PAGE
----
June 13, 2017

May Books 2017

*I'm thinking that not putting an actual rating will mean you'll get more from my reviews. Thoughts? How do you rate books?*

Into the Water by Paula Hawkins This was okay. I feel like I already reviewed it? But looking back at April's post, I can't find it. Again, it was okaaaaay. I wouldn't tell anyone not to read it but I wouldn't insist that anyone read it either. My main complaints were that there were WAY too many characters and it moved too slowly. I liked The Girl on the Train better. ----when people ask why I liked TGOTT so much, I insist it was because I randomly listened to it the week it was released and formed my own opinion before reviews  and comparisons to other books started coming out. Ironically, this is why I had such high hopes for Into the Water, because of the reviews.

I Liked My Life by Abby Fabiaschi  
This was wonderful. It was sad without being completely, overwhelmingly tragic. But it was hopeful too. I read the description after the last SUYBs link-up (I cannot remember who posted about it) and thought, That's depressing and not something I should be reading in my highly emotional state. But it wasn't tear-inducing. It was descriptive, painted a portrait of the family's life and past really well, and I just loved it. It's a perfect summer fiction read if you've got some time to lounge. I listened to it and the narration was great too, if you're into that.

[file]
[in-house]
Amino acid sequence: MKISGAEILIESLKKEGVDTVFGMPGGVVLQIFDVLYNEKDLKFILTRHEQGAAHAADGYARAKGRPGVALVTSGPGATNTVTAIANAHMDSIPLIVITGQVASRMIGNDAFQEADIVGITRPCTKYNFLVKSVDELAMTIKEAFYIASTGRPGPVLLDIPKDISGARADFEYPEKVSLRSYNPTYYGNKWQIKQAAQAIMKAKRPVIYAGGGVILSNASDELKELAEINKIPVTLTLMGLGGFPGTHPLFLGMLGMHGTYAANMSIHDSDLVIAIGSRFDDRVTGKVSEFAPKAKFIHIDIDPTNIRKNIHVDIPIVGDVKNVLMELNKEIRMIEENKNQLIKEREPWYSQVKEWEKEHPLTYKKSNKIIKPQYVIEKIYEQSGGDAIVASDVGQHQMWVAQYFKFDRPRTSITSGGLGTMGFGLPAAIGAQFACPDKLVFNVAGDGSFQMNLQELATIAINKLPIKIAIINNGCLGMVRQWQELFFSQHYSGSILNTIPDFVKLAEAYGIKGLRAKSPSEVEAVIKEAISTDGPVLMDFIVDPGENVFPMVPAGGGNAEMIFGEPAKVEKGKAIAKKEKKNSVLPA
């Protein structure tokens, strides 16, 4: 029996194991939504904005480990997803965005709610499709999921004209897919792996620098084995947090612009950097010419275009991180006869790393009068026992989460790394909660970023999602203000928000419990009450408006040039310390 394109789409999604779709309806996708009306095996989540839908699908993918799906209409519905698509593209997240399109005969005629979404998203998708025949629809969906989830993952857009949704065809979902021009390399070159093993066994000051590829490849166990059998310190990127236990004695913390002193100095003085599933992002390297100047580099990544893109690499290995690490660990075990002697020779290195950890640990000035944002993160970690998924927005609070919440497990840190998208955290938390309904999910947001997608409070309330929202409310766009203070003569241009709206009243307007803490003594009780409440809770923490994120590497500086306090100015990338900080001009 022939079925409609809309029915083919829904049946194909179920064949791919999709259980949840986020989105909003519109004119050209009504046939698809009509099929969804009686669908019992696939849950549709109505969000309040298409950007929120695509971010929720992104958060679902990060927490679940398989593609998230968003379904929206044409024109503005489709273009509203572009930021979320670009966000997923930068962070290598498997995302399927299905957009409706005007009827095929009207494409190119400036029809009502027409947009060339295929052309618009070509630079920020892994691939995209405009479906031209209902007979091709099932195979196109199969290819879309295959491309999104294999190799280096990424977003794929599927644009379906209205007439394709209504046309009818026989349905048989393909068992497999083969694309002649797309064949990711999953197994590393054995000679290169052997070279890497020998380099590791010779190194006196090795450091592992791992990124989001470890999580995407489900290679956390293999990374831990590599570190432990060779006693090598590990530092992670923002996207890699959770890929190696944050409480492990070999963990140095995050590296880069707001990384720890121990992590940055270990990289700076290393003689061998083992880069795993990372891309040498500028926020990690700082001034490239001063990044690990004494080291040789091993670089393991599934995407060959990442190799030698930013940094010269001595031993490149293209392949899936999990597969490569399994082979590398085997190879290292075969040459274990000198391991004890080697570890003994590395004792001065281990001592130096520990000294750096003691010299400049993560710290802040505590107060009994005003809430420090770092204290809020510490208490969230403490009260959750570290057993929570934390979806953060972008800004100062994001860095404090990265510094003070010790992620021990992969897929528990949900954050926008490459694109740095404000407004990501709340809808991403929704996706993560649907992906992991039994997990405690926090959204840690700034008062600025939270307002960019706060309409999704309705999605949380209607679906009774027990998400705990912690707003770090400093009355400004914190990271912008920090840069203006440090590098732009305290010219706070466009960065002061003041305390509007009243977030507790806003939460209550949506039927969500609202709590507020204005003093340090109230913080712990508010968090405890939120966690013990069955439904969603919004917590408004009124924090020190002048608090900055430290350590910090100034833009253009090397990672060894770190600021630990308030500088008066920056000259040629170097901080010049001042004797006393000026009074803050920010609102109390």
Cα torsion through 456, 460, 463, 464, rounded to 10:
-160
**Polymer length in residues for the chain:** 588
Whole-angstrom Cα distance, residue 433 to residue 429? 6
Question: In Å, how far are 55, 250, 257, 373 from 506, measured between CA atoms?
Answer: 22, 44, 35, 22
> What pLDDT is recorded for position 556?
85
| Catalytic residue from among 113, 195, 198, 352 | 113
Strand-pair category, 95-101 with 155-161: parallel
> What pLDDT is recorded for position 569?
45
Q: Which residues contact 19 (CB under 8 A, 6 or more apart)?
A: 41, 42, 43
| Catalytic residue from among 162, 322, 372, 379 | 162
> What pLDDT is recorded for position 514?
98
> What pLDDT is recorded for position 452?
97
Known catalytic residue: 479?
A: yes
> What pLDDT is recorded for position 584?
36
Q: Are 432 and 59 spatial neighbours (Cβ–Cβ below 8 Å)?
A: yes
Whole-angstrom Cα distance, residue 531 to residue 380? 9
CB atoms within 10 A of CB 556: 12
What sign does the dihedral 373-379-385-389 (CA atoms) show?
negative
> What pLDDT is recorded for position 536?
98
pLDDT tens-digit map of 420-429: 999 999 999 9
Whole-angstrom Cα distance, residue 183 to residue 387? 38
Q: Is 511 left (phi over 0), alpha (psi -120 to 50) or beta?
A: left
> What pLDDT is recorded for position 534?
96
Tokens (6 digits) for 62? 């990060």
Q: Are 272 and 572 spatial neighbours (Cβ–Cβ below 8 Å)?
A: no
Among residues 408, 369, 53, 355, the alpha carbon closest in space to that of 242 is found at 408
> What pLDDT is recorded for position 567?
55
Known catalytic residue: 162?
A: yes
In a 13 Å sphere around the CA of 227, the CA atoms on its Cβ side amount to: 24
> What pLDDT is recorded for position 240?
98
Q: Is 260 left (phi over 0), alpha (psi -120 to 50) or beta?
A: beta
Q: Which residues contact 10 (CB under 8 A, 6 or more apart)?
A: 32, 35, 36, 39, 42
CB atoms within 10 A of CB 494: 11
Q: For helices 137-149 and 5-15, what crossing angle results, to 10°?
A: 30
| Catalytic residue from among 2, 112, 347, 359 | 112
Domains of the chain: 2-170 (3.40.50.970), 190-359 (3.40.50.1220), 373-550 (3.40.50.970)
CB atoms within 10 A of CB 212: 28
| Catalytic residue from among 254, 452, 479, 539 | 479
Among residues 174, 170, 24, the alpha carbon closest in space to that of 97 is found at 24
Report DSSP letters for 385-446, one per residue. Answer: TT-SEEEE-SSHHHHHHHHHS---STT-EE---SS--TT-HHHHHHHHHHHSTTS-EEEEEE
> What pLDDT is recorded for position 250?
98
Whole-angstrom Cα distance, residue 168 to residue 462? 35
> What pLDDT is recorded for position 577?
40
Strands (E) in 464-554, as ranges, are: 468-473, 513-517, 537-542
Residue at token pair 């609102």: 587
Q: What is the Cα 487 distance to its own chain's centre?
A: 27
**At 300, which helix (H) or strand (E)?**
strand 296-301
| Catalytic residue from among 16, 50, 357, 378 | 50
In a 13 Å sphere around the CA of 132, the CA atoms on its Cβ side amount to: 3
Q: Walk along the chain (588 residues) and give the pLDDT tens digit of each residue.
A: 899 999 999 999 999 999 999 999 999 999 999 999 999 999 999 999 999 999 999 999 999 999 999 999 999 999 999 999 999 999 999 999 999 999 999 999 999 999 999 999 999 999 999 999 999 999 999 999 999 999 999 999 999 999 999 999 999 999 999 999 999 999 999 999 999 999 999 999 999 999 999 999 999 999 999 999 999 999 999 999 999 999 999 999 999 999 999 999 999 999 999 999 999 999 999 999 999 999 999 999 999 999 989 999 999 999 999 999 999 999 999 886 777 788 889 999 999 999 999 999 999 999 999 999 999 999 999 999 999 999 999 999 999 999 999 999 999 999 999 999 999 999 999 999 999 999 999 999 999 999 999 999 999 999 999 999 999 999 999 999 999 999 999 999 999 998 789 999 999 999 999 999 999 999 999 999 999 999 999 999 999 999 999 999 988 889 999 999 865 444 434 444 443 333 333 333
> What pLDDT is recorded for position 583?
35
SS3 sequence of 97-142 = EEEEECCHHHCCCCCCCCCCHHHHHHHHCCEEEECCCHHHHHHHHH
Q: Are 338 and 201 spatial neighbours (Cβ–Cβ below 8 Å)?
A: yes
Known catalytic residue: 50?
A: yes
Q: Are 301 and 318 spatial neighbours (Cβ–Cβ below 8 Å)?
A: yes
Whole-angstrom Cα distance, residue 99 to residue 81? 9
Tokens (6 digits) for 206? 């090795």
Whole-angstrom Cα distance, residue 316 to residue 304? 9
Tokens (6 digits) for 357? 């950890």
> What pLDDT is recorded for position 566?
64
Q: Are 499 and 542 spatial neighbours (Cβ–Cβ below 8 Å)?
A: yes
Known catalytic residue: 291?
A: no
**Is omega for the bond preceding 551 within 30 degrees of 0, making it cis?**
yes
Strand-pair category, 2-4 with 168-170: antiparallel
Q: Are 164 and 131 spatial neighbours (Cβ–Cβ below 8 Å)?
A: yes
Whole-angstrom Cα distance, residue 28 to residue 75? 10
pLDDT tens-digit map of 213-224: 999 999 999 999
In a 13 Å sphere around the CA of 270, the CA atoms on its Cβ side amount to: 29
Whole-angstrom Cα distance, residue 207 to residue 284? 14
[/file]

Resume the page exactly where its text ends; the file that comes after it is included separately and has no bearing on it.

Notorious RBG: The Life and Times of Ruth Bader Ginsburg by Irin Carmon
I really enjoy how RBG came from the humblest of beginnings, has strong beliefs, and can easily see and empathize with both sides of the political spectrum. That's not something many people (not just politicians) are good at these days. She's come through all of these generations and wars and historical events, doing good and showing compassion to all kinds of people, not just those who believe the same thing she does. That was my major takeaway from the book. I didn't expect it to be so middle-of-the-road.

The Faithful Place by Tana French This was boring. I'm questioning the possible decision to continue on with this author now. It wasn't a bad plotline but OMG was it told in the most boring, s-l-o-w, and tedious way. Like, I might find it interesting if I were half asleep and didn't want to wake up to really pay attention to the details. Do the other books get better? This was nearly a DNF but I pushed through to the last hour, realized I didn't care, and returned it to Audible anyway. I didn't even get a credit back for it because it had been a 2 for 1 deal, so I just got a few dollars back and I was willing to accept that. That's how much I wanted it to go away. I am counting it as finished though because I sloughed my way through so much of it. That was not for nothing.

Trailer Trash by Denise Grover Swank